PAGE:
KABUL — The afternoon sun warmed the small office of Sayed Hashim and Abdul Raziq as they sat and talked about the bloodshed that had again washed over their homeland.
The men knew what the world had observed. For a week, in the capital and across Afghanistan, thousands of people rioted in reaction to soldiers at a U.S. base burning copies of the Quran.
Protesters chanted “Death to America!” and burned an effigy of President Barack Obama. They tried to breach the walls of military bases and United Nations compounds. They hurled stones at police who answered with gunfire.
After seven days, more than 30 people had been killed and hundreds injured. And once more, as news reports portrayed their country as engulfed in rage, Raziq and Hashim felt a familiar helplessness.
“People in the West see the images of demonstrations and they think all of us are the same,” Raziq said. “We are not all the same. I didn’t join the demonstrations. But the West sees only the violence here.”
Raziq, 55, and Hashim, 43, belong to the millions of Afghans whose measured, muted response to the burning of Qurans made them invisible. When protests erupted, the coverage followed.
The two friends and business partners watched, more dismayed by their countrymen than by the media.
“Burning the Quran is something that all of us, as Muslims, find disrespectful,” Hashim said. “But how will violence against other Muslims make things better? The police are our brothers; the property is our property. There should be a peaceful solution.”
Raziq and Hashim run a house-leasing business in a neighborhood about three miles from Kabul’s central district, the nexus of the country’s young democratic government. A framed photo of Afghan President Hamid Karzai hangs on one of their office’s mirrored walls.
The nationwide unrest has waned in the past few days, and along this city’s streets, traffic has returned to its usual state of vehicular sclerosis. But business remains sluggish for Raziq and Hashim.
“Even when the protests and shootings are over, people are scared for a long time afterward,” Raziq said. “They are afraid that something more could happen, so they will wait with spending money.”
In their eloquence and self-assurance, both men evince a refinement that Westerners seldom ascribe to Afghans. Both are also old enough to remember a time before war grabbed their country and refused to let go.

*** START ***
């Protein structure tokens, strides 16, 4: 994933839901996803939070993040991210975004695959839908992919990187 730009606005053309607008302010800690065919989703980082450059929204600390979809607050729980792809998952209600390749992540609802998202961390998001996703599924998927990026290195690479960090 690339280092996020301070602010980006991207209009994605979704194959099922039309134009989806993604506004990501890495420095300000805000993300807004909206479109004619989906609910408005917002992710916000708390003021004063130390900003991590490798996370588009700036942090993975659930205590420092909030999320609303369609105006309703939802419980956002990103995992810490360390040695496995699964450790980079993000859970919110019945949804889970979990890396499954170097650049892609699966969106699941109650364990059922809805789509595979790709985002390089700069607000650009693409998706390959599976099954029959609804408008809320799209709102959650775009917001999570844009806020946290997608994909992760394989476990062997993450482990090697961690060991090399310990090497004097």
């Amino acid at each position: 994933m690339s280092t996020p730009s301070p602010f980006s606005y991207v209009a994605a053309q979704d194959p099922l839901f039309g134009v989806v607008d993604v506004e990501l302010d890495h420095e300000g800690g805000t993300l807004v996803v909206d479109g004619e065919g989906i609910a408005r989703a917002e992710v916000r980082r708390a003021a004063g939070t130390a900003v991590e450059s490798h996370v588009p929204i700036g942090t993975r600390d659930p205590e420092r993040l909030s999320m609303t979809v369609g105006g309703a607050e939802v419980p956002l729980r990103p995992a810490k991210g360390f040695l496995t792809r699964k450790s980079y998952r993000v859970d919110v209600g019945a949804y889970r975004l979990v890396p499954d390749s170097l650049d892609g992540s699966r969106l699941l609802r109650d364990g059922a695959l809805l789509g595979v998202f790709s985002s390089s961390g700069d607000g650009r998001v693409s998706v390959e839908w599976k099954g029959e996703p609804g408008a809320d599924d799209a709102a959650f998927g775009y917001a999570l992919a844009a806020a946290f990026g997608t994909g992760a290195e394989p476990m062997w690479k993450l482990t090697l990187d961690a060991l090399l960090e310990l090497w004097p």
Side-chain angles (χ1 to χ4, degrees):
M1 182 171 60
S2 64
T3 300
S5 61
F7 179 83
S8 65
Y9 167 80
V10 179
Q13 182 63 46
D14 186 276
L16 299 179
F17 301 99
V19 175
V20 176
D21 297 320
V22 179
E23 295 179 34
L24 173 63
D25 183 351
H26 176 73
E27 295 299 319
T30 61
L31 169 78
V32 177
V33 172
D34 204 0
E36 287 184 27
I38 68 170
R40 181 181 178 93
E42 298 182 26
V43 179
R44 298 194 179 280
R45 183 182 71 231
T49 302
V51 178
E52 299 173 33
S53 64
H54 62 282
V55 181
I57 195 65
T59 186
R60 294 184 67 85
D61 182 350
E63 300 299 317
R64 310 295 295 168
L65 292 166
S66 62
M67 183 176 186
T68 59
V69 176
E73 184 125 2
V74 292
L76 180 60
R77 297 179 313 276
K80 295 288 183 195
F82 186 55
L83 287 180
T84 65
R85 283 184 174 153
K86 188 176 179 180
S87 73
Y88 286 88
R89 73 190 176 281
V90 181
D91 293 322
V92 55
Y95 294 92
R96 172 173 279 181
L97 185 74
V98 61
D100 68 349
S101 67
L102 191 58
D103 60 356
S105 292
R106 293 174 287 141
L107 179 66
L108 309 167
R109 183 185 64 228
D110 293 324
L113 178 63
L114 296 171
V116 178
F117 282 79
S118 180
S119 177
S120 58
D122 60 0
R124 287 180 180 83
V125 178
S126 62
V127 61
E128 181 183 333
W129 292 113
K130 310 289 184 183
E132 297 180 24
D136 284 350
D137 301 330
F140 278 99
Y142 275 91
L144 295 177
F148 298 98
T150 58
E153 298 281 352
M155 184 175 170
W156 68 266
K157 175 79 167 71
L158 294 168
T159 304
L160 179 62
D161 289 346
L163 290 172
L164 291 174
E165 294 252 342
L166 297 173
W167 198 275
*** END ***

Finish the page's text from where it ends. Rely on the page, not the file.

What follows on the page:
They understand why frustration exists among their people after more than three decades of conflict. They wish only that Afghans would invest their passion in causes that might elevate the country’s quality of life.
“People should be angry about corruption in the government, about so many people out of work, the Taliban trying to destroy the country,” Hashim said. “They should [work on] initiatives for these kinds of things. That is how we can make Afghanistan stronger.”
A half-mile away, down a dirt road that melting snow had turned into a long, narrow bog, Rustam Ali stood inside his generator repair shop, a cramped space with a ceiling covered in layers of newspaper.
He took over the business from his father, who inherited it from his. After three generations, the shop feels held together by grease, sweat and family pride.
Ali, 37, started working here in his early teens, a short time before the Soviet invasion of Afghanistan ended and the struggle for power within the country began. He thinks outside factions, intent on keeping Afghanistan unstable, stirred anger over the burning of Qurans to incite attacks on Afghan and coalition forces.
“People are upset about what happened because it is our holy book,” he said. “But I believe most of the protests were being caused by people from Pakistan, Iran. They are using this opportunity to take advantage of Afghans who are not educated and telling them to cause this violence.”
Ali fears that the fallout over the desecrated Qurans offered a preview of the turmoil that awaits after coalition forces leave Afghanistan. He does not know if his shop will survive for another generation.
“We still need help with everything,” he said. “When the Americans leave, I am worried there will be a civil war.”
Zubair Babakarkhail contributed to this report.